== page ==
WASHINGTON-The three-week Teamsters strike officially ended the weekend of April 29, causing only minor inconvenience to all except the retreading side of the rubber industry. But there were indications the new national agreement between the International Brotherhood of Teamsters and 22 trucking companies might not hold. Some 400 union local officials refused to endorse it, sending it to their 70,000 members without comment.
Teamsters President Ronald Carey said the local officials' actions were politically motivated and an attempt to discredit his leadership. Seventeen of 20 members of the union's negotiating committee, Mr. Carey noted, had recommended ratification.
The four-year agreement increases Teamster pay by about $1.30 an hour from the current $17 and benefits by about $1.90 an hour. The union effectively killed a proposal to allow the companies to hire part-time dock workers at $9 an hour without benefits.
Local officials, however, were upset by the provision to allow more intermodal (truck and rail) shipments and the loss of the union's long-standing right to strike over any grievance.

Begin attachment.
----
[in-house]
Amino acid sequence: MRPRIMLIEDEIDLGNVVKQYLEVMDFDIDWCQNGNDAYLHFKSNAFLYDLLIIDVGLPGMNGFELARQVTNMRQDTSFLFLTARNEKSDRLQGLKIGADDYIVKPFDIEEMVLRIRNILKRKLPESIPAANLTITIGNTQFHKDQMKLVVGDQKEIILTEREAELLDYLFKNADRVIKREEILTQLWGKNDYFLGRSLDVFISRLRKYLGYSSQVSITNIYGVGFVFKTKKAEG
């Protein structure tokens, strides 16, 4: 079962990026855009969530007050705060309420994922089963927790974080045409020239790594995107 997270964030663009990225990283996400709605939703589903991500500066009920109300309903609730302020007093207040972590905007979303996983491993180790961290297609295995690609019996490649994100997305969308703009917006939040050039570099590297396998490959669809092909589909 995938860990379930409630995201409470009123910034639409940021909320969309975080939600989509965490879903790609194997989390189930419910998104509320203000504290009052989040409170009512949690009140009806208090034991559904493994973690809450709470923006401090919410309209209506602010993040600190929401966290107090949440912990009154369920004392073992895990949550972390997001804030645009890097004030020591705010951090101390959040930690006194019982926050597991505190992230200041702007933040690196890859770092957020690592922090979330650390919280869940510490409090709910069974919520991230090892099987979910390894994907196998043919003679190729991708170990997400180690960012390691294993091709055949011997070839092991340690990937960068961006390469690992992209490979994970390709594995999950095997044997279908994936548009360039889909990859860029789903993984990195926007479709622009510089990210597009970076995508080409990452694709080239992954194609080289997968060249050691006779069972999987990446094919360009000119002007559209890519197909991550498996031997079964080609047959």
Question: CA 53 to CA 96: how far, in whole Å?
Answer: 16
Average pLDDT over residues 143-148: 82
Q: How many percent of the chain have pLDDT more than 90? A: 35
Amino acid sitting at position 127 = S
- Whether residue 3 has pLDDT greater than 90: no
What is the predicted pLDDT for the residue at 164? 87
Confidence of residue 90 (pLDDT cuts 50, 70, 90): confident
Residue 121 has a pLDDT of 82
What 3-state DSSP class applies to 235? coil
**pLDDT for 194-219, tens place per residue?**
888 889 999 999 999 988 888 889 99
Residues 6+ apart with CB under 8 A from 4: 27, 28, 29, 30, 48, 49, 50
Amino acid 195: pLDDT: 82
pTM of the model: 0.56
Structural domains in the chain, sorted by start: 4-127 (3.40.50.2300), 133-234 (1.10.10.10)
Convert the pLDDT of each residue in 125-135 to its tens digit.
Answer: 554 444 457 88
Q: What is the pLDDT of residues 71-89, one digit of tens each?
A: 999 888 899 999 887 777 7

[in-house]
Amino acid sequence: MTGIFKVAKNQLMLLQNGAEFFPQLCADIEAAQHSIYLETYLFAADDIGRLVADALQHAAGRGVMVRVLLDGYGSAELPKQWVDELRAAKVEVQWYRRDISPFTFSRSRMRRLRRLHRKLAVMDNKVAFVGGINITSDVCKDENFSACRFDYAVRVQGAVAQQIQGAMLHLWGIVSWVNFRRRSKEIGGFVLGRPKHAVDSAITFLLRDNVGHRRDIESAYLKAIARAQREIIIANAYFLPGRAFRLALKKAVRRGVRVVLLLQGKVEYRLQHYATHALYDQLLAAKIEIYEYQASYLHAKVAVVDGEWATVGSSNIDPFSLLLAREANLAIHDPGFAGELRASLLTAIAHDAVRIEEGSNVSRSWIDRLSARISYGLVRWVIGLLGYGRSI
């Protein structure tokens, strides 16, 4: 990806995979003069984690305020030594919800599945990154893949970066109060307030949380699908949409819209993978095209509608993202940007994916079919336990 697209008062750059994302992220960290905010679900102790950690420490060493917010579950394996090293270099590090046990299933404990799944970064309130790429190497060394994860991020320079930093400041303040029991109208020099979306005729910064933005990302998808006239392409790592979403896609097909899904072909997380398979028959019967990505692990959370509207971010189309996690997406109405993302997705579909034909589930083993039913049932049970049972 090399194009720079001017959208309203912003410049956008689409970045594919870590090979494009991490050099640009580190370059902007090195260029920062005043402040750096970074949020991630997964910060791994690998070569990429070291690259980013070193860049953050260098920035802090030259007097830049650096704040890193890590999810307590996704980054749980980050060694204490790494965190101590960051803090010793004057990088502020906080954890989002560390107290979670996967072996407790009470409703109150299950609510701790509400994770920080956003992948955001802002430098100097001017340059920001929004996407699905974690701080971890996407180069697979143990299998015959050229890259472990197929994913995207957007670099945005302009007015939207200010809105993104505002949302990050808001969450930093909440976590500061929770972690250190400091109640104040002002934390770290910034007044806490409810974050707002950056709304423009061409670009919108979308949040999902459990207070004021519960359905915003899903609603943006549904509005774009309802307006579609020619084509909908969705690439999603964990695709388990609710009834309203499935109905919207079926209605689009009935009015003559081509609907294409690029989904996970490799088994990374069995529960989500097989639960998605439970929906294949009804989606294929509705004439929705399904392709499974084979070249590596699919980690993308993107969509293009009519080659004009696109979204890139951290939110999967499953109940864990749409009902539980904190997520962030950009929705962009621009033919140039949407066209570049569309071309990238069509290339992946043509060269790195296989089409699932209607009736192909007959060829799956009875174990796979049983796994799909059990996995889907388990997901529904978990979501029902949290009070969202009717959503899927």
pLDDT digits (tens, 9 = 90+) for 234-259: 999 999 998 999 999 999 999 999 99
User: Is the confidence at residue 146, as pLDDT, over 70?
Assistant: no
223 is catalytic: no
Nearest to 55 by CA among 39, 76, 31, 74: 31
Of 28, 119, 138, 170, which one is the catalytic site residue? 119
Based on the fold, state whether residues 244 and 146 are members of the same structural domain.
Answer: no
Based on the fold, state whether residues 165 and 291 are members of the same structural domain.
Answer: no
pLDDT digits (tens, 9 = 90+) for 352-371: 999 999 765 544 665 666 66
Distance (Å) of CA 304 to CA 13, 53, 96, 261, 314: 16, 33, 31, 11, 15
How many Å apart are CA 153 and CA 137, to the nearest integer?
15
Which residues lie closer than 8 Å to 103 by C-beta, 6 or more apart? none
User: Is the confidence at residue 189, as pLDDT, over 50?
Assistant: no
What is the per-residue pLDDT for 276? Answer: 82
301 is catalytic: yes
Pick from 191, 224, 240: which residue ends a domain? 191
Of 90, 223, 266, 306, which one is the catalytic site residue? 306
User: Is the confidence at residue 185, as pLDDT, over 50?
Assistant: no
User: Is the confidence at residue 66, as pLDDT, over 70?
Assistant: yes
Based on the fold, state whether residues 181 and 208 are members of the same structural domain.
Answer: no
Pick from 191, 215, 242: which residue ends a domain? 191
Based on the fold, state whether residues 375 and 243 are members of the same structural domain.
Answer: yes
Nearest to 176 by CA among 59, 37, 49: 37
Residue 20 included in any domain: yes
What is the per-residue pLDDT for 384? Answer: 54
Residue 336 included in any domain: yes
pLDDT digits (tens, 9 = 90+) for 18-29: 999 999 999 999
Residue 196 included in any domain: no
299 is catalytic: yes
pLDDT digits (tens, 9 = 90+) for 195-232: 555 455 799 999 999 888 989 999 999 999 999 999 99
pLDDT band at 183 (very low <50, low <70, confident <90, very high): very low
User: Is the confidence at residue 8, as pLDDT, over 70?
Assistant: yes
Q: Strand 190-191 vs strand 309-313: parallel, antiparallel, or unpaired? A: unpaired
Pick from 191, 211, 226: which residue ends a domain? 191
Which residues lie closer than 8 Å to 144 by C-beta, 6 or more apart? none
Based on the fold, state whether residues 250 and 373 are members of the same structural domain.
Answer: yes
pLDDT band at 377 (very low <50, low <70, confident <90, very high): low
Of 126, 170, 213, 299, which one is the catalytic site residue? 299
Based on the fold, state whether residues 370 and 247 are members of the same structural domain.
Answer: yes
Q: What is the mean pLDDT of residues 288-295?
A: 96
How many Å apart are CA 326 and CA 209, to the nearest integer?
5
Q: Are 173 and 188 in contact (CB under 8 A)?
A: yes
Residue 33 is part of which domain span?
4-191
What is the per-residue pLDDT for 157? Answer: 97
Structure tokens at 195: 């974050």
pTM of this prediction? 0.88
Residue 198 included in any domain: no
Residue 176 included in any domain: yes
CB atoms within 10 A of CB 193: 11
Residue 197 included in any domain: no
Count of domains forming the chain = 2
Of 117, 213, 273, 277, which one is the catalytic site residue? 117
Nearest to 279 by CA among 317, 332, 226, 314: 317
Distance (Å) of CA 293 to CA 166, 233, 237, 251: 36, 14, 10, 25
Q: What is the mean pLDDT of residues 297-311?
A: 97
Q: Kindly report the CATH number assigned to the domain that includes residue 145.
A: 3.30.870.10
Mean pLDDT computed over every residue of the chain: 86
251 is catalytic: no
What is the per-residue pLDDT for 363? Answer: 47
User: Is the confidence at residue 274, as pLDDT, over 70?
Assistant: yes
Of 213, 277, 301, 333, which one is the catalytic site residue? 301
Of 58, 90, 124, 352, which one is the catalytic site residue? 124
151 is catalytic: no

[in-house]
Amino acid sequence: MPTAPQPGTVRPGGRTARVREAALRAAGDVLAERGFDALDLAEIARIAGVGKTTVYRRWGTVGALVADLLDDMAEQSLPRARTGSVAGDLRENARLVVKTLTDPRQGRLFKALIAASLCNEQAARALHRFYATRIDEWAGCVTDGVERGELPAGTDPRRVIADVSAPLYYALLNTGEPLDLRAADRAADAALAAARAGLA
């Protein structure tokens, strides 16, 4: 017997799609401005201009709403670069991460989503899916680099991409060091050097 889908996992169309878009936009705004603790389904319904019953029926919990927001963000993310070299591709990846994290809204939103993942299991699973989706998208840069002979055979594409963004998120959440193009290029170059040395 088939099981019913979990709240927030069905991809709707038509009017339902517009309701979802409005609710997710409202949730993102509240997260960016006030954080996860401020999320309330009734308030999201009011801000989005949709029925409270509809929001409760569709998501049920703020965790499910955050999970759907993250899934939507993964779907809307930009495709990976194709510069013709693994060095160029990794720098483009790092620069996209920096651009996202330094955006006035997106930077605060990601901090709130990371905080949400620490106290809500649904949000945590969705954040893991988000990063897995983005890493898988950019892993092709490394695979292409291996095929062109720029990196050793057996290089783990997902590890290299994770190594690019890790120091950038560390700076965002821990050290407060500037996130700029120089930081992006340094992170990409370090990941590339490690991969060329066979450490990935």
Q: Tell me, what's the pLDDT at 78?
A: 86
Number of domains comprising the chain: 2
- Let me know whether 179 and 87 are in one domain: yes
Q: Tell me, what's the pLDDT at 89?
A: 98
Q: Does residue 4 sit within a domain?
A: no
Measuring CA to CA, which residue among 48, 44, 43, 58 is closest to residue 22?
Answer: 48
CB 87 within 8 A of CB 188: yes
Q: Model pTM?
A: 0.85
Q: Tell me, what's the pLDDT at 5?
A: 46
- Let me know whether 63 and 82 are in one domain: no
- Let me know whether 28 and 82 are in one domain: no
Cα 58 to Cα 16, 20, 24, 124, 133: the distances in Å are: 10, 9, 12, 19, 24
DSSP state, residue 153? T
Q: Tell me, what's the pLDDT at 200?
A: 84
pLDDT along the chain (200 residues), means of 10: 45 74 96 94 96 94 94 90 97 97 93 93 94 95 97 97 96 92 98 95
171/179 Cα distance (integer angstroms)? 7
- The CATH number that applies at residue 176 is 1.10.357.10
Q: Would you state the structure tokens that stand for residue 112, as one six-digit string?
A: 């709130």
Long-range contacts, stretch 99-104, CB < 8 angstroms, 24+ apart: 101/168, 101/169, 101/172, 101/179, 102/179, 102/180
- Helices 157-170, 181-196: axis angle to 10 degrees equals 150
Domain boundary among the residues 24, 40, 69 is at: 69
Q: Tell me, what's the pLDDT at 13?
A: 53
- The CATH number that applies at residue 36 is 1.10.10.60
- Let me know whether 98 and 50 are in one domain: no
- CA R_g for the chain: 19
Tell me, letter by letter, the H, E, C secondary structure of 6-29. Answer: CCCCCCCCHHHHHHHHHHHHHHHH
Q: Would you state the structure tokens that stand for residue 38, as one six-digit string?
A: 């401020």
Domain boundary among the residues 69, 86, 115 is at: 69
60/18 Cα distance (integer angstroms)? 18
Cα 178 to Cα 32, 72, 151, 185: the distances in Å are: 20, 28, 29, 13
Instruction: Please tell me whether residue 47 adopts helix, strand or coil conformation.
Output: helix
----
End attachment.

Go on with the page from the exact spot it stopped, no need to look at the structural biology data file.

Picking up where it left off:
Mr. Carey said the union rank and file would vote on the agreement in about four weeks.
In general, rubber makers reported little disruption of product delivery or raw materials shipments due to the strike, which began April 6. Goodyear said its shipping policies protected 95 percent of its incoming and outgoing shipments.
Similarly, natural rubber traders reported little trouble. ``One customer said one shipment was tied up,'' said Frank Raniolo, president of Alcan Rubber & Chemical Co. and the Rubber Trade Association of North America. ``But by and large, we experienced no problems at all.''
Most tire dealers also were able to avoid dwindling supplies by using independent truckers. ``I don't know what (the Teamsters) think they're accomplishing with the strike, but we haven't had a problem,'' said Ralph Schissler of Atlantic Tire, Baltimore.
Retreaders were most at risk since they depend on trucking fleets as regular customers, as well as for shipments.
Though most major retreaders have their own trucking fleets for hauling casings and finished retreads, a few companies still felt the pinch, according to industry spokespersons.
Treadco Inc., Fort Smith, Ark., halved production at its plant in Pine Bluff, Ark. Roadway Tire, the Columbus, Ohio, retread subsidiary of Roadway Express, laid off nine of 30 employees and cut workers' hours.